Best Costume Design
Prediction: Arianne Phillips, Once Upon A Time In Hollywood
Other possibilities: This year’s costume nominations are predictable (the Academy loves historical dramas!) but the actual winner could really be any of them. The designers behind Little Women, The Irishman and Joker are all old favorites with multiple Oscars under their belts, and while Jojo Rabbit’s designer isn’t as well-known, that film has earned a surprising amount of hype during awards season. Our pick is Arianne Phillips, who has costumed numerous memorable films without (yet) winning an Oscar. And this could be a way for Academy voters to show their love for Once Upon A Time if they liked it but chose other films in the more high-profile categories. —Gavia Baker-Whitelaw
Best Production Design
Prediction: Dennis Gassner and Lee Sandales, 1917
Other possibilities: 1917 and Once Upon A Time In Hollywood are both strong contenders because they recreated meticulously specific historical environments, while Parasite (my personal favorite) would be an exciting upset: a contemporary drama that mostly takes place in a house that was designed and built for the film, with specific camera angles and visual metaphors in mind. —Gavia Baker-Whitelaw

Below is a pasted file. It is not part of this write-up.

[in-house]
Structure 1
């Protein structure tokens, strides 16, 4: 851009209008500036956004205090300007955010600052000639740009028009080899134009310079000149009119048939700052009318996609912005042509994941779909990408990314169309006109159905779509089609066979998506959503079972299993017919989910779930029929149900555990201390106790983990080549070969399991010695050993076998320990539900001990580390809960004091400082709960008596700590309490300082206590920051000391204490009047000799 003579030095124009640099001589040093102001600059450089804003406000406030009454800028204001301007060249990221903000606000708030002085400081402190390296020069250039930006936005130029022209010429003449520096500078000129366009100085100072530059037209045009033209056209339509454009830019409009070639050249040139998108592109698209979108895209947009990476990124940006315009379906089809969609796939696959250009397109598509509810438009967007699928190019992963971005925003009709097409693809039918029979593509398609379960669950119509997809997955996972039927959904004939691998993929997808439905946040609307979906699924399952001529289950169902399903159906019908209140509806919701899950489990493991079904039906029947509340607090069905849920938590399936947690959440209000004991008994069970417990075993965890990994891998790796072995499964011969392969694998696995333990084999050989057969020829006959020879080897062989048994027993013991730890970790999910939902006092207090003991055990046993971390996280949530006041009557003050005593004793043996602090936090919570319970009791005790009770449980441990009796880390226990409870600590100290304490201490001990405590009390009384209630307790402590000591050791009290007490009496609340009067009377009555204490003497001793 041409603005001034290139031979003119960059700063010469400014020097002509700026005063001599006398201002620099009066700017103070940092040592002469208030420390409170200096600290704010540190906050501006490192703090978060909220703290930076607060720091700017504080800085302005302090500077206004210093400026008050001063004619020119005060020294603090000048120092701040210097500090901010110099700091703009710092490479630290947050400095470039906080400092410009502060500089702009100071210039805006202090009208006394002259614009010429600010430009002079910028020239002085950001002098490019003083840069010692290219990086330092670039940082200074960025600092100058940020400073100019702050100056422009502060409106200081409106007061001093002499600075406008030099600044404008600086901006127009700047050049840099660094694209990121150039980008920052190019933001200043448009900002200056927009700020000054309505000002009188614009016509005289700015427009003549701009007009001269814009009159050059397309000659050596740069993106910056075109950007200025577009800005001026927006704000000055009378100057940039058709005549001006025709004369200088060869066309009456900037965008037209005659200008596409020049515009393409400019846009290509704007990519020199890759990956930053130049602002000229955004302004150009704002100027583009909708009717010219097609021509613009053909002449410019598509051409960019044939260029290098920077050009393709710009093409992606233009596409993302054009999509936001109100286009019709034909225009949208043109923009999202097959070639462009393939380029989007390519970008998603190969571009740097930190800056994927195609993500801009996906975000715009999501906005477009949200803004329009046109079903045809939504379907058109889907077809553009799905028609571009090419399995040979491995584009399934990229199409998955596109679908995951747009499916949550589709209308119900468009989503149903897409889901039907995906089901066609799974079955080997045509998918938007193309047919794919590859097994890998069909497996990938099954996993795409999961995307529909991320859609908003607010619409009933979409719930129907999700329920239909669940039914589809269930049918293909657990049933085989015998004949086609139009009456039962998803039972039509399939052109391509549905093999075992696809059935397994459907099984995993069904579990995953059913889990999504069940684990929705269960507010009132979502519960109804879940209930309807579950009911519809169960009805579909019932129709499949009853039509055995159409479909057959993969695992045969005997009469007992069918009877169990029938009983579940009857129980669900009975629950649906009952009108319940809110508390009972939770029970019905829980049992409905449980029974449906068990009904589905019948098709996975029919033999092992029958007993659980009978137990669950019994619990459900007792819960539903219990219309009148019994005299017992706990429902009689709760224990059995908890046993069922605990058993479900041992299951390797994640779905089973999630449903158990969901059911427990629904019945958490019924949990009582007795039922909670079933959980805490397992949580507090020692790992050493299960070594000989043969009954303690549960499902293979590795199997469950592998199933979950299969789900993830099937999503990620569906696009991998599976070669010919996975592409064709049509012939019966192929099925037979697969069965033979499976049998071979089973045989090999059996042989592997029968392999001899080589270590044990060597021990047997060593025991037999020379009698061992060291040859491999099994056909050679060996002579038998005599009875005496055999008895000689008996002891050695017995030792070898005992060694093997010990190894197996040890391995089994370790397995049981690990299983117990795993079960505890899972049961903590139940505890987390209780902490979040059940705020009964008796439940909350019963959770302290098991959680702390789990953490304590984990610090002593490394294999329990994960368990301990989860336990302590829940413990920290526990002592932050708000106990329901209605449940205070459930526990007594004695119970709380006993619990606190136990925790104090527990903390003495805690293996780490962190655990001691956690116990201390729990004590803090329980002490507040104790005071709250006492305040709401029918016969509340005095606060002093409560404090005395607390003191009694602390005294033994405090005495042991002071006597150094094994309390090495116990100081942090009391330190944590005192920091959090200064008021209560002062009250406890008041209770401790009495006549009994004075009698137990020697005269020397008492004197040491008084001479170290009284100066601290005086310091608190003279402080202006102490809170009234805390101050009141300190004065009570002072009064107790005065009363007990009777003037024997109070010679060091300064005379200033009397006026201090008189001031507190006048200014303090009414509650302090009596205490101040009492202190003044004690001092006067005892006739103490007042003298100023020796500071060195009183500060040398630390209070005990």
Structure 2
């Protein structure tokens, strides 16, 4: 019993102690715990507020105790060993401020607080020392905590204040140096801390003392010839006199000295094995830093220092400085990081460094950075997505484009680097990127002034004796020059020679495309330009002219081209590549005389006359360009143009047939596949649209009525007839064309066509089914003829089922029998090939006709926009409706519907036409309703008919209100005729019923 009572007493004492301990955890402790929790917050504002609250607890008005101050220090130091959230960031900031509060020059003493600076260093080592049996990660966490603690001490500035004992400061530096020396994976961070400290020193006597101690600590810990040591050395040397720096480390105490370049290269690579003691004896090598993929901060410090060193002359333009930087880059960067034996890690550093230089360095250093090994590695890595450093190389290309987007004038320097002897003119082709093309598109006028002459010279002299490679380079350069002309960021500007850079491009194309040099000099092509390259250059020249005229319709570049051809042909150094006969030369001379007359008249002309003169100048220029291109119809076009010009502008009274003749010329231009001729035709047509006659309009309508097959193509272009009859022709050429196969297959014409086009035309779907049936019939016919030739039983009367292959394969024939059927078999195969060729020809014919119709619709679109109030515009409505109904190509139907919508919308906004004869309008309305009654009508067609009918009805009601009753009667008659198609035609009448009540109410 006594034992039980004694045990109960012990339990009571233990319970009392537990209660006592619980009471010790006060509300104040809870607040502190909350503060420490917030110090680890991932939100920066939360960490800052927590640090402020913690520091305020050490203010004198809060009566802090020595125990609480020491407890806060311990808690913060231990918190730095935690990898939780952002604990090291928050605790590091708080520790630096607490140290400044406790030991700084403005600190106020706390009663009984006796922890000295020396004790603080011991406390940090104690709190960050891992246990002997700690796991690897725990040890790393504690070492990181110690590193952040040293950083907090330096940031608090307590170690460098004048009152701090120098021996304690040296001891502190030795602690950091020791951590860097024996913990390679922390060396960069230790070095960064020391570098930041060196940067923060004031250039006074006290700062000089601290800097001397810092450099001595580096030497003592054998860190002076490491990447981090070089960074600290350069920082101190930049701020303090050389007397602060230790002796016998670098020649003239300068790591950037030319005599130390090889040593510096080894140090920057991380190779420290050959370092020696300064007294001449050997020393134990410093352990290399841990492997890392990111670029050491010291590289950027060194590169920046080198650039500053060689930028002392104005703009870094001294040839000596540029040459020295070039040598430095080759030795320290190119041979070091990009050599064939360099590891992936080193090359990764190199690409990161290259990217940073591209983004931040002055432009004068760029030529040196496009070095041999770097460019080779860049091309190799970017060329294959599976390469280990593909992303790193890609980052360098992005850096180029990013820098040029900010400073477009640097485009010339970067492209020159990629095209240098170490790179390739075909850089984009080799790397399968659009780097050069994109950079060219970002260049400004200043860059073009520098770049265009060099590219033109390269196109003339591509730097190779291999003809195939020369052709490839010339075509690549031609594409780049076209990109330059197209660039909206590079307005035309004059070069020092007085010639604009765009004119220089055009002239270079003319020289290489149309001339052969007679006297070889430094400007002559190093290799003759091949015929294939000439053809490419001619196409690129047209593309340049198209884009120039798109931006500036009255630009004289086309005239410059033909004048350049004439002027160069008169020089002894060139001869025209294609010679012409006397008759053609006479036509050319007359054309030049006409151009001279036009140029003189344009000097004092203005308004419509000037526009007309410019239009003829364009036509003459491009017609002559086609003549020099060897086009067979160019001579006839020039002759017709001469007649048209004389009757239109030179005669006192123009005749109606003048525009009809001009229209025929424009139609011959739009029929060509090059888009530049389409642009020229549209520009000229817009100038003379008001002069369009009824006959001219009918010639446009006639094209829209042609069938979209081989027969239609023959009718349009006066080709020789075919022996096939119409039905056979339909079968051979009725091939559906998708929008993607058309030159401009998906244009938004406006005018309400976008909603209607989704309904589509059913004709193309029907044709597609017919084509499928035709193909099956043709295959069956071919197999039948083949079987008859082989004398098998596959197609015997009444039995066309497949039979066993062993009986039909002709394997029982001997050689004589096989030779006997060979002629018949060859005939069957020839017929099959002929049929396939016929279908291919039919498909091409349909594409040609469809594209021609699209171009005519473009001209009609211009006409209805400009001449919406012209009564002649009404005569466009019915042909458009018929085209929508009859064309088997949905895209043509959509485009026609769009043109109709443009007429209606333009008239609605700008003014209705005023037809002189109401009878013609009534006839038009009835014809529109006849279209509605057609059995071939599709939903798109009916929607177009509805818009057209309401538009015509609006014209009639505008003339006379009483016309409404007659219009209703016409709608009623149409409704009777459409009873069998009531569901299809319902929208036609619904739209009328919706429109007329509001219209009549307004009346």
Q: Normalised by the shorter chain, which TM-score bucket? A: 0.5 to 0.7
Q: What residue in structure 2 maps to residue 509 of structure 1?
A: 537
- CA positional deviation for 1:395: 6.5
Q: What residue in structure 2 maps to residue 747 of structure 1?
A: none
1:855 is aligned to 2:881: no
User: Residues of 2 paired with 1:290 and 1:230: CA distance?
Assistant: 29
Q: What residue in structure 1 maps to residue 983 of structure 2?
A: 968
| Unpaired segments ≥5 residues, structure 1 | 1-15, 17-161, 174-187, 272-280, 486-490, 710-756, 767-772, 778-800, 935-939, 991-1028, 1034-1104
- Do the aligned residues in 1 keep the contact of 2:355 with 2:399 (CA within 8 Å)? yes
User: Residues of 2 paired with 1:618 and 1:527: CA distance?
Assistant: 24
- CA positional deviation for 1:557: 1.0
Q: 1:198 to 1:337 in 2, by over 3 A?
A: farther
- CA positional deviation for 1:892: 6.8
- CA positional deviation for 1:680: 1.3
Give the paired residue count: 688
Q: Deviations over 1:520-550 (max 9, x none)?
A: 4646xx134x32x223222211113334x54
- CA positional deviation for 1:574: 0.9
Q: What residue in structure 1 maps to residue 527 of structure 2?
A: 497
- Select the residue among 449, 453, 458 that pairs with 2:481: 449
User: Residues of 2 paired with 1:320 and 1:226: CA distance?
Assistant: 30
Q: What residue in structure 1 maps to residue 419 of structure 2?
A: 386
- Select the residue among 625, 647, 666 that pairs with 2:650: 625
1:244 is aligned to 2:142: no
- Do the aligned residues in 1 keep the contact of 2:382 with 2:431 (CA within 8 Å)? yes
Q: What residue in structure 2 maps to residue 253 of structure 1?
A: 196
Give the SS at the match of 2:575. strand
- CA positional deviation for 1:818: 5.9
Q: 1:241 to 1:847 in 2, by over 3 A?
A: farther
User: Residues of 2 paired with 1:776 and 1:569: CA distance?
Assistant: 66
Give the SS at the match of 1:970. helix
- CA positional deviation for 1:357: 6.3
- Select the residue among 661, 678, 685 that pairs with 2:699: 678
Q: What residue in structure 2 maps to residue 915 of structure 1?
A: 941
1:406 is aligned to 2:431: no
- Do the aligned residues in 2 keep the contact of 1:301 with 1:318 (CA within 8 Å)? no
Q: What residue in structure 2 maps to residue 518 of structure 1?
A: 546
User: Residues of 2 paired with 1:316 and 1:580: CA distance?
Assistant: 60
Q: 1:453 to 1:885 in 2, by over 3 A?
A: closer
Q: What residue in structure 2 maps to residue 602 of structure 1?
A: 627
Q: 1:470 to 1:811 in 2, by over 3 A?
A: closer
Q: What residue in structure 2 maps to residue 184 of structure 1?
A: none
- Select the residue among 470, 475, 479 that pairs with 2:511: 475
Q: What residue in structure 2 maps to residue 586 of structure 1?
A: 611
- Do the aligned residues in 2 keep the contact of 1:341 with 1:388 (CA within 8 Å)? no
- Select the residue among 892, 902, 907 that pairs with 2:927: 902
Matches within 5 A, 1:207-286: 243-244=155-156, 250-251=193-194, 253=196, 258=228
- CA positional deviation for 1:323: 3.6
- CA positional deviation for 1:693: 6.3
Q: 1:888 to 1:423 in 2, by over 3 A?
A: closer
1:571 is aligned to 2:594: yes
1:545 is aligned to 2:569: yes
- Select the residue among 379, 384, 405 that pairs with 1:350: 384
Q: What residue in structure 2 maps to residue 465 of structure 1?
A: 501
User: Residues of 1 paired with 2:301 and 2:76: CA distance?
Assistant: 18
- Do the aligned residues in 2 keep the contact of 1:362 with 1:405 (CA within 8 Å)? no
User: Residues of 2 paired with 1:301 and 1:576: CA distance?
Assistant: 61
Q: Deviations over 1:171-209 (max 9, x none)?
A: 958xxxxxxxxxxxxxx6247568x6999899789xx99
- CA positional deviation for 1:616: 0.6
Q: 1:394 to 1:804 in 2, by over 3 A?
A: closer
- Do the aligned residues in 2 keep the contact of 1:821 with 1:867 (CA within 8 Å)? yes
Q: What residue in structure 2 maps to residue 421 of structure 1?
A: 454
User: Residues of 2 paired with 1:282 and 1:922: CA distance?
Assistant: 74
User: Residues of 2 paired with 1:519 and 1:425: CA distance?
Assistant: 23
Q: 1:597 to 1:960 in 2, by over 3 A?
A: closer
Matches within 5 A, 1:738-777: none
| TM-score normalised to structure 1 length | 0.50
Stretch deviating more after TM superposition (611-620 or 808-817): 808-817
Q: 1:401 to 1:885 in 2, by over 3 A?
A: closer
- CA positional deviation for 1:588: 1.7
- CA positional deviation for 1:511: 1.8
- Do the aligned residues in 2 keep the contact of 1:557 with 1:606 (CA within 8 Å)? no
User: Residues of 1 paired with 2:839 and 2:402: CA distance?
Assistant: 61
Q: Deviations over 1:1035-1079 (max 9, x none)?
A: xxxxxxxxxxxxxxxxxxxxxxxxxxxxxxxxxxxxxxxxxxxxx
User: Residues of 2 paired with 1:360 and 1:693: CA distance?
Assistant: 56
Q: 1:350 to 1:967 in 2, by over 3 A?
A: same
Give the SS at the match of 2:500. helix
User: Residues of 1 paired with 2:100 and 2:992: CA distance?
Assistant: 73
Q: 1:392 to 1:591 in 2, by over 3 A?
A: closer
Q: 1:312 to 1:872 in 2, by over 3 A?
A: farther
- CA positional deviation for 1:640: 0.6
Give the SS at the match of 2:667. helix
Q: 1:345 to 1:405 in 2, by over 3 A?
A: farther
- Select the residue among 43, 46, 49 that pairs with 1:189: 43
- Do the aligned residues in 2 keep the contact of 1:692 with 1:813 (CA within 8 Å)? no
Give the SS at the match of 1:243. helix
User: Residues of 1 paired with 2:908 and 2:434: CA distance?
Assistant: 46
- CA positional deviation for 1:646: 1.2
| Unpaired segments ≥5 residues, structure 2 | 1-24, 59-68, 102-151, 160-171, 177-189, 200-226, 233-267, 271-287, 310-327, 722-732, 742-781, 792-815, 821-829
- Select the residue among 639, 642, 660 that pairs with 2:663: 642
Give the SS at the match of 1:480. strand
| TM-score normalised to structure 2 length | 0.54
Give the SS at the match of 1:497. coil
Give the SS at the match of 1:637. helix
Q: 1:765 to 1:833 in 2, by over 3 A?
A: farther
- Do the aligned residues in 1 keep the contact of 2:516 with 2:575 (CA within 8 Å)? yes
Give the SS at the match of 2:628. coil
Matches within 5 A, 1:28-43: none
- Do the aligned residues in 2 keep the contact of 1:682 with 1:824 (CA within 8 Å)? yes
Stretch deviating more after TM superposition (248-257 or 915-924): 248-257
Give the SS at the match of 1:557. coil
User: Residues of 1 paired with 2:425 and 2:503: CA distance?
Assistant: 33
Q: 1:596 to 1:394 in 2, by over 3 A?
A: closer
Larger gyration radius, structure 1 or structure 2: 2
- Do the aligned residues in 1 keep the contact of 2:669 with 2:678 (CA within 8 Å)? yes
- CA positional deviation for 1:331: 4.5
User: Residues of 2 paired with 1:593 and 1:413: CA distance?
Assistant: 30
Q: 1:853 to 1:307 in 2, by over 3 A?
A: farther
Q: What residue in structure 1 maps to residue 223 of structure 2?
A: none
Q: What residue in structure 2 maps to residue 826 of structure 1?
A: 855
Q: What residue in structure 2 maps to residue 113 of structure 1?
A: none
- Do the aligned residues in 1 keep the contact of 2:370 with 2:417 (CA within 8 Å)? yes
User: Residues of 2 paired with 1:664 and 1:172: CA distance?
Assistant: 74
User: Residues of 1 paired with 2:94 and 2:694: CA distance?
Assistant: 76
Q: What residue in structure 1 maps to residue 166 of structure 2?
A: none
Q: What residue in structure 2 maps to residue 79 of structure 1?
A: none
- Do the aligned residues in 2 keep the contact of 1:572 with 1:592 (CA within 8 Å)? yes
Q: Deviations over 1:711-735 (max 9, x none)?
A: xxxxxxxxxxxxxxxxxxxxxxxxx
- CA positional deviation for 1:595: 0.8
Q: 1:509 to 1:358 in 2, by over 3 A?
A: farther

Best Original Score
Prediction: Hildur Guðnadóttir, Joker
Other possibilities: Alexandre Desplat, Little Women; Thomas Newman, 1917
Best score is one of my favorite categories because film scores often make the best writing music. This year, Desplat’s whimsical and airy Little Women soundtrack is my favorite in that regard. However, seeing as how the French composer already has two Academy Awards, it’ll probably go to someone else. Icelandic composer Guðnadóttir is a safe bet—she already picked up a Golden Globe and BAFTA award for her Joker score, which added just the right amount of drama and tension to the film. —Tiffany Kelly
The 92nd Academy Awards air on Sunday, Feb. 9 at 5pm PT.